kingdwg: old crow Haven't really looked at it, didn't know it was an issue with sof, perhaps faxxer or Bigface know. Seems a popular reason these days if someone wants to knock the share price.
09/11/2004
21:57
sikhthetech: The pension situation and costs control should become clearer this Thur when BFP announces their results. However, if BFP split Iceland and Booker isnt the breakup value more than the current share price. The other factor which doesnt really have a monetary value is the sites. Icelands have some very good locations which some of the larger players would die for. With Bauger increasing its stake in Somerfield, there maybe a possibility that they will bid for BFP, which in turn will push up Somerfield's price. Then Bauger can make some money out of selling its Somerfield stake. Interesting but who knows what tricks they have up their sleeve. I think a bid of 110p will reveal other buyers and may push the price up to 140p mark....
28/7/2004
08:20
bigface: In a way I hope not Old Crow as Grimsby has a longer term plan and I don't want a them to do an "Abbey" to their shareholders. The refurbished stores accelerating Woodward and Premier expansion should stop the rot. The balance sheet is stronger than it was, but a merger with a lesser geared company would make sense. I would have put SOF and BFP together years ago. 9th July 2003 Group -0.5% Booker -1.2% - Tobacco -4.5% - non tobacco 1.6% Woodward 18.2% Iceland -0.2% SHARE PRICE JULY 9th 2003 84.12p 8th October 2003 Group 2.2 Booker 1.8 - tobacco 2.1 - non tobacco 1.6 Woodward 20.7 Iceland 1.7 SHARE PRICE October 8th 2003 110p at close Sales are down overall again by OVERALL 0.5% in July 2004 and the closing price today was 83.5p. If October Sales improve as the did to 8th October 2003 then 110p is likely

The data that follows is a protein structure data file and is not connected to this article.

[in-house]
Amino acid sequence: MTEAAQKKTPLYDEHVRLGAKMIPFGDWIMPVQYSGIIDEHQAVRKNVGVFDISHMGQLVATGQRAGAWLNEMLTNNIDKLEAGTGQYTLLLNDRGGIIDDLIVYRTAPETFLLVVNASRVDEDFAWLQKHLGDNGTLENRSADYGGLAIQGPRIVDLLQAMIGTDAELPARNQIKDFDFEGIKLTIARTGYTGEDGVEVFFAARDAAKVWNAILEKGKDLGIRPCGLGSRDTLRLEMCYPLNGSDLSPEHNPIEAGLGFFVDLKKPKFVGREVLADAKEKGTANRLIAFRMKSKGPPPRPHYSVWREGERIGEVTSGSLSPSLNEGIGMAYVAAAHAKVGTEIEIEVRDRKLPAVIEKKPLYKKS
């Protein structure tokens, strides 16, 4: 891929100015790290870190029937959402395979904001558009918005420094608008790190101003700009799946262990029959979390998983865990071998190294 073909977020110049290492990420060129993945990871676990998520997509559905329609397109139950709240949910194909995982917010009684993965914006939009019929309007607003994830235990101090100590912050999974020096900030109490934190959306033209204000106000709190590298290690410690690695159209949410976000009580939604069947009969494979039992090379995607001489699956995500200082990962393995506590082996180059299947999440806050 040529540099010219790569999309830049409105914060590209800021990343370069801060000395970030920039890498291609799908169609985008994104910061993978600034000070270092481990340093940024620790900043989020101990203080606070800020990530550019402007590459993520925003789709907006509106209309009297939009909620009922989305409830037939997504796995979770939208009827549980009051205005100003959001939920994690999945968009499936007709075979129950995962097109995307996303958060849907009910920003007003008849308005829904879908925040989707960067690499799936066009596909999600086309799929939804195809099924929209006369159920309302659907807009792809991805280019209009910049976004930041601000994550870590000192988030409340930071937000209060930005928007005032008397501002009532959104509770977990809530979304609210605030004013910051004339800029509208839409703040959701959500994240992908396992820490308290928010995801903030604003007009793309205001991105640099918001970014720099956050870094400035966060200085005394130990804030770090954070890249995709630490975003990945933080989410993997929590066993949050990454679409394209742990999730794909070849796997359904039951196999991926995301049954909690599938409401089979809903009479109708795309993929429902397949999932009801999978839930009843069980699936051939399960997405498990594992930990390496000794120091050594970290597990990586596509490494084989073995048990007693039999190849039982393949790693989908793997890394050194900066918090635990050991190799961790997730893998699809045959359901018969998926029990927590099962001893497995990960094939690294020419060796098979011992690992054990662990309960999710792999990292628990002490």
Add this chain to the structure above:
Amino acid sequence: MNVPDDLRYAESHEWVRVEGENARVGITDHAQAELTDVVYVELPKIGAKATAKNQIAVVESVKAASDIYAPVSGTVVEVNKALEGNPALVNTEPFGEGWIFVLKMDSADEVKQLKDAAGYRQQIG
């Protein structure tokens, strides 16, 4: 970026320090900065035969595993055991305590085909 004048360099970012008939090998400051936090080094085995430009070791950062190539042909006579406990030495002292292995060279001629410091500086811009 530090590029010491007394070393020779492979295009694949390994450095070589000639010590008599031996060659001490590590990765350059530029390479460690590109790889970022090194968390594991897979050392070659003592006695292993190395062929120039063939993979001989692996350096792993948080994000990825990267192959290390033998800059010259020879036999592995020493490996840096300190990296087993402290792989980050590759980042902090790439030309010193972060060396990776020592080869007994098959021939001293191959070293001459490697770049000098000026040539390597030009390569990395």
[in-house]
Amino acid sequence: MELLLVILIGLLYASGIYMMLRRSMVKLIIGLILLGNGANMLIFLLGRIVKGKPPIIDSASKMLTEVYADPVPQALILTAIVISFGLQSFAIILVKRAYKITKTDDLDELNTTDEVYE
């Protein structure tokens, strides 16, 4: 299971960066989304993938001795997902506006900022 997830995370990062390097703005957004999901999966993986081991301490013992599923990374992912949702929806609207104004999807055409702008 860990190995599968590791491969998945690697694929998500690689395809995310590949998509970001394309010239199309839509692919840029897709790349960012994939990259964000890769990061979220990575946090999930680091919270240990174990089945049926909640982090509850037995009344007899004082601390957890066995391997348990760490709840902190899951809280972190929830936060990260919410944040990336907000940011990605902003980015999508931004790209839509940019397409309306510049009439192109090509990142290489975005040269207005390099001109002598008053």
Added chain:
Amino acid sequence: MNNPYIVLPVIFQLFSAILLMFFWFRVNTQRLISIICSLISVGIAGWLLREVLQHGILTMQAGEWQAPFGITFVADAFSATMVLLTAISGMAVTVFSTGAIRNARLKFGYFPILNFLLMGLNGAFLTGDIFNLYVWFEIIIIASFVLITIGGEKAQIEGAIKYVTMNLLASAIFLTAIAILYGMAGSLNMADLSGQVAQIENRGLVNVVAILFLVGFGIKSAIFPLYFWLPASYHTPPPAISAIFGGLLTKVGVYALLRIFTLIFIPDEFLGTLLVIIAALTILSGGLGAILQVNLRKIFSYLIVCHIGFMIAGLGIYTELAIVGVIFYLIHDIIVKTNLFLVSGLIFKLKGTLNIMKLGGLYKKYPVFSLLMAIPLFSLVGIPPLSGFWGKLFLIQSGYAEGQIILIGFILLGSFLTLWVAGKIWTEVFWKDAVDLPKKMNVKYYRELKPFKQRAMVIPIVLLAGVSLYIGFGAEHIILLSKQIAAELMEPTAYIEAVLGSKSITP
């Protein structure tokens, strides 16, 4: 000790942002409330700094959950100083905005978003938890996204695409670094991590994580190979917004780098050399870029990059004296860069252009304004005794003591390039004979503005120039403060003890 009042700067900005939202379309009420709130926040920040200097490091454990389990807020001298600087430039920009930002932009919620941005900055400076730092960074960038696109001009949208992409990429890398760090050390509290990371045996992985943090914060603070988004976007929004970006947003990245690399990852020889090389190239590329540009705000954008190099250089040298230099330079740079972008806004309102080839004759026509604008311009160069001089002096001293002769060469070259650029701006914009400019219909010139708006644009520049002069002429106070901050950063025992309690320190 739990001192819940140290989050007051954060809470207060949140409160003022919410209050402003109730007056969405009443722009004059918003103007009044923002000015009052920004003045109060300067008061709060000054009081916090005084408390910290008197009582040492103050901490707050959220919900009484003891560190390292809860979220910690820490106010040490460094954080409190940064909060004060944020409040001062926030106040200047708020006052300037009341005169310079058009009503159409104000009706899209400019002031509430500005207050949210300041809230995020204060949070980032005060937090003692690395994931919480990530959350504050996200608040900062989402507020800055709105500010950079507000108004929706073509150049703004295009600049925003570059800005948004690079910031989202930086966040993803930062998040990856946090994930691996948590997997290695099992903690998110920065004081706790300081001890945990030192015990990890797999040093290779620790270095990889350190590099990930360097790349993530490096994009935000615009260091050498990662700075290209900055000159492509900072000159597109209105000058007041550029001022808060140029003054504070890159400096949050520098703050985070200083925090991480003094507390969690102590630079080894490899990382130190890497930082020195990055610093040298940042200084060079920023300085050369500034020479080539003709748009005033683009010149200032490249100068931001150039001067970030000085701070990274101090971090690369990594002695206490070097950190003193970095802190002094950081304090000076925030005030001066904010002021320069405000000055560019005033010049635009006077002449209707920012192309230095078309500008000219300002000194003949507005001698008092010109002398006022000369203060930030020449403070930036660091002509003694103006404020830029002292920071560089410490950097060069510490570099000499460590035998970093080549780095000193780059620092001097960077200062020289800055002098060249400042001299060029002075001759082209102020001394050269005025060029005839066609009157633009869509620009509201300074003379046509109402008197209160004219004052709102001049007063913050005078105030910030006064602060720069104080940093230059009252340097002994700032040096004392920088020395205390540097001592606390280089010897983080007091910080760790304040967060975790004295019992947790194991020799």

14/7/2004
16:28
bigface: Yes thanks Flatty - SOF & BFP look interesting as ever!! Strange there is no price shift, perhaps they are going to bid for BFP afterall. In terms of the % of shares in issue trading volumn is as high here too flatty. Perhaps my proposed link is not as unfanciful as some think. Still holding on here obviously believing that (subject to a general market crash) 80p is far enough. The behaviour of the BFP share price reminds me of the last roller coaster. I made a packet and expect to do the same again.
03/7/2004
20:29
bigface: The bottom is a difficult thing to call my feathery friend, but Booker should be capable of 40m all on it's own. From memory Iceland paid 10 x annual earnings for Booker which was about 360m. The balance sheet has suffered since, but the Tangible Assets Values are improving. Booker should be worth BFP's market cap on its own, but put BFP and SOF together and we have a much improved balance sheet for BFP and a lower PE for SOF. In short BFP & SOF fit and I have always considered a merger a real possibility. Similar customers and ethos too. I sold SOF (even though rate them to go higher) and switched into BFP big time because I see SOF bidding for BFP and as a consequence SOF's share price suffering in the short run.
19/2/2004
18:45
nipster: What now for the BFP share price????? hold or sell???
28/10/2002
13:27
bbfifi: Just received ADVFN newsletter, it mentioned the fall in BFP share prices was due to profit taking. There is nothing to worry about! I'll hold.